Review | David Coulter | INterVENTIONIn an astounding range of virtuoso performances, Coulter makes music from a variety of obvious and not so obvious sources. My editor's plea to limit the word count in this review is only problematic in view of the fact that even an unlimited lexical workout would still not do justice to this fine recording. A multi-instrumentalist in conjunction with Test Dept. and the Pogues, David Coulter has manifest a rather enviable fruition in the marketplace of multiethnic, pan-experimental music making. INterVENTION achieves the very reality of its titular double/revealed meaning because Coulter (and a revolving collection of players) is ever respectful of the context and function of his instrumental color combinations and the discoveries inherent in his compositional objectives.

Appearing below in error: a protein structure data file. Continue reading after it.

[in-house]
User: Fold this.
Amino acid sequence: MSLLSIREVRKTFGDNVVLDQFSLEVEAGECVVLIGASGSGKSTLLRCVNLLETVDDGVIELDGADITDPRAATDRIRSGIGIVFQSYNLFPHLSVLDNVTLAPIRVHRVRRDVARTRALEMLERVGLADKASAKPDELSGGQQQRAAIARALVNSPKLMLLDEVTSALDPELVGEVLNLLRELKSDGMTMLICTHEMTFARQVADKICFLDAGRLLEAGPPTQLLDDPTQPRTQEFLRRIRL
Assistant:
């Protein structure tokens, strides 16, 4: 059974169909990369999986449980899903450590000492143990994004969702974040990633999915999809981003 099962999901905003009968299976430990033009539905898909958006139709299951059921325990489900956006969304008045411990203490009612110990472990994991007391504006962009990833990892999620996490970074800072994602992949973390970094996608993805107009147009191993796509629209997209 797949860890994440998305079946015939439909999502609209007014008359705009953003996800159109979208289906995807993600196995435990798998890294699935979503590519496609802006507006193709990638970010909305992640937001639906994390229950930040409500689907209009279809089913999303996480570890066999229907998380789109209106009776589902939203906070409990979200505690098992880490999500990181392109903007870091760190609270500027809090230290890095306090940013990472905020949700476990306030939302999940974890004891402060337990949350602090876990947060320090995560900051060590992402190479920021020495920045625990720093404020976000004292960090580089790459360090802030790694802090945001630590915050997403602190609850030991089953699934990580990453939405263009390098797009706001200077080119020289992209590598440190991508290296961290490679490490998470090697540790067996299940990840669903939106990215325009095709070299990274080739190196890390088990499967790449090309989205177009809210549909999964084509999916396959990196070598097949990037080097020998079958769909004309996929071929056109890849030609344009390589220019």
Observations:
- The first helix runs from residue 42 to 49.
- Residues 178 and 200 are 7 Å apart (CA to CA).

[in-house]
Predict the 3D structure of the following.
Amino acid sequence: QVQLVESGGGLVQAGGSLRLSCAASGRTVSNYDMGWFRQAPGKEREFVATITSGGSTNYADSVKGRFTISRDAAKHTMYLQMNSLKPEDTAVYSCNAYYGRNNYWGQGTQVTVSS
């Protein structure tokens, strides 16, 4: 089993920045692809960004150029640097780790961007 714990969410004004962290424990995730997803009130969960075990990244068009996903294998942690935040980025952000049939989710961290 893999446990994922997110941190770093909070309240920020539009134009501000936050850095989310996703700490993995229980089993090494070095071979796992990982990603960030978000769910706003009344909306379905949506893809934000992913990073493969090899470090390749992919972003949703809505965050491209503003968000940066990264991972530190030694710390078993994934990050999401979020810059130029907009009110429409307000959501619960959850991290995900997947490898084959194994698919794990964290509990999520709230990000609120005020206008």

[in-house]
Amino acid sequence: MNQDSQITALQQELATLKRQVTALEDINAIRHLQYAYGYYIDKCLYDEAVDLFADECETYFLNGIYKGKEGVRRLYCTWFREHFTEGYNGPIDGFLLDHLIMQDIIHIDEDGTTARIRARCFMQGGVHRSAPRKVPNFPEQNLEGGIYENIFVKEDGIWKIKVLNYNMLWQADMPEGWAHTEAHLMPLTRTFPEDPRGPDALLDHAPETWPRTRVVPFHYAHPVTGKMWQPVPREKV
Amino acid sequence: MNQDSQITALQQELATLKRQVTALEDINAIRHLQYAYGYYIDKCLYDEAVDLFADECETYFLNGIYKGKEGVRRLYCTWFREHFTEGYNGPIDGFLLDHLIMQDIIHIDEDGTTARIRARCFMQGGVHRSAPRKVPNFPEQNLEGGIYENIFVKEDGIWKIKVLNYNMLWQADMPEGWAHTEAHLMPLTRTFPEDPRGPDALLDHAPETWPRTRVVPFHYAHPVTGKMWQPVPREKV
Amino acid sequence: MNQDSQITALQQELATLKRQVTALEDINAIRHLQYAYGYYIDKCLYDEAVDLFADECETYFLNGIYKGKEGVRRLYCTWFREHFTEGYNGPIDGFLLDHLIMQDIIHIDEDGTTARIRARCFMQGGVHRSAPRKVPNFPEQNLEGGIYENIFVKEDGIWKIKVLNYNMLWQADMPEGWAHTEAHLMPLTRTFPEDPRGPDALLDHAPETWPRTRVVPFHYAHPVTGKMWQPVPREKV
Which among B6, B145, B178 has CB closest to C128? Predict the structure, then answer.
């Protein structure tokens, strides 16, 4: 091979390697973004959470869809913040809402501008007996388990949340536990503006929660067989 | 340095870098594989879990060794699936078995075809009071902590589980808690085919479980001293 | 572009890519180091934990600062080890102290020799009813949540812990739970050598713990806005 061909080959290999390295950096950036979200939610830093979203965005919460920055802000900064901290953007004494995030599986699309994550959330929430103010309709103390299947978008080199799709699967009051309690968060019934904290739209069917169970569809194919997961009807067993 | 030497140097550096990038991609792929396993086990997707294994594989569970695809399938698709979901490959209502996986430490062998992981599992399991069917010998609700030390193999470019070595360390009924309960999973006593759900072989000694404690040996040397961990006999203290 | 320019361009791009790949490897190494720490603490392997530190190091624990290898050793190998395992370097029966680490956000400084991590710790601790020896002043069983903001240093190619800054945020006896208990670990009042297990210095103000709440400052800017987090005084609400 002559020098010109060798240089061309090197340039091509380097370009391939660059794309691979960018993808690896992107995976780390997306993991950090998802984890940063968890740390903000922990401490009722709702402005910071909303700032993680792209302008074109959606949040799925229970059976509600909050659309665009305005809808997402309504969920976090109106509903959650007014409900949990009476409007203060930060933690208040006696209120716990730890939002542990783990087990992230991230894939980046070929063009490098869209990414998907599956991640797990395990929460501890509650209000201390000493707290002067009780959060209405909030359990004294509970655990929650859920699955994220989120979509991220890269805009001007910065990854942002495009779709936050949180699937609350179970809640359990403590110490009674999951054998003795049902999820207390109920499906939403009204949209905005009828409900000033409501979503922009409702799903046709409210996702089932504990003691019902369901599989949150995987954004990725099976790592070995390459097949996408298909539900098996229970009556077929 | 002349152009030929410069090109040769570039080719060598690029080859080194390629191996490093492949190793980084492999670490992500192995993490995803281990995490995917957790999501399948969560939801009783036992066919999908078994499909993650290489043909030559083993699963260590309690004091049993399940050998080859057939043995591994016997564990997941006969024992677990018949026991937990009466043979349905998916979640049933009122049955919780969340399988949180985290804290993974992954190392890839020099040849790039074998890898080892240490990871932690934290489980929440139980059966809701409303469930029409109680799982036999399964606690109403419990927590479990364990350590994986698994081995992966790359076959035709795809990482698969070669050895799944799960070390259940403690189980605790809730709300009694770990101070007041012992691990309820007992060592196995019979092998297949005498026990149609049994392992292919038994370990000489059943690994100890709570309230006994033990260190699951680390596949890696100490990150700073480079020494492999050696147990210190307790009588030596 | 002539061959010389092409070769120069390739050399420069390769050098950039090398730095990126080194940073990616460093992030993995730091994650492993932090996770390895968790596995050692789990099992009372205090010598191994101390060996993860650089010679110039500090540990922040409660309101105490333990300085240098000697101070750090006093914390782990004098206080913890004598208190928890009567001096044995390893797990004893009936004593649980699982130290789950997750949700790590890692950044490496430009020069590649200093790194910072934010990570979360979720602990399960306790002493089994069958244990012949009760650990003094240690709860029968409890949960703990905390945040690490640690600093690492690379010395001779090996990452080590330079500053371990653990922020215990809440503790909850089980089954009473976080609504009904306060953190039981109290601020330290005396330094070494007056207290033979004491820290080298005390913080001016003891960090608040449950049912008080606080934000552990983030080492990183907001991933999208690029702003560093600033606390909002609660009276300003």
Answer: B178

In an astounding range of virtuoso performances, Coulter makes music from a variety of obvious and not so obvious sources. Terracotta pots and paper, one; string fiddle, didgeridoo, and a host of more "conventional" pop instrumentation make music that simmers minimalist soul wails, resounds with echoes from an alien topography, and undulates to a rhythm of universal knowing. The short-duration epic of "Polaroids" is indication that Coulter is not out for mere wank and flex. In a series of short interlocking compositions featuring the likes of Marc Ribot, Steve Nieve and Phil Minion, Coulter expertly weaves a sweeping musical mise-en-scene that in the service of lesser composers might only achieve density without attention to the more exacting skills of restraint.
About as flawless a recording as has been released this year, INterVENTION never (ails to achieve what mere words can hardly convey.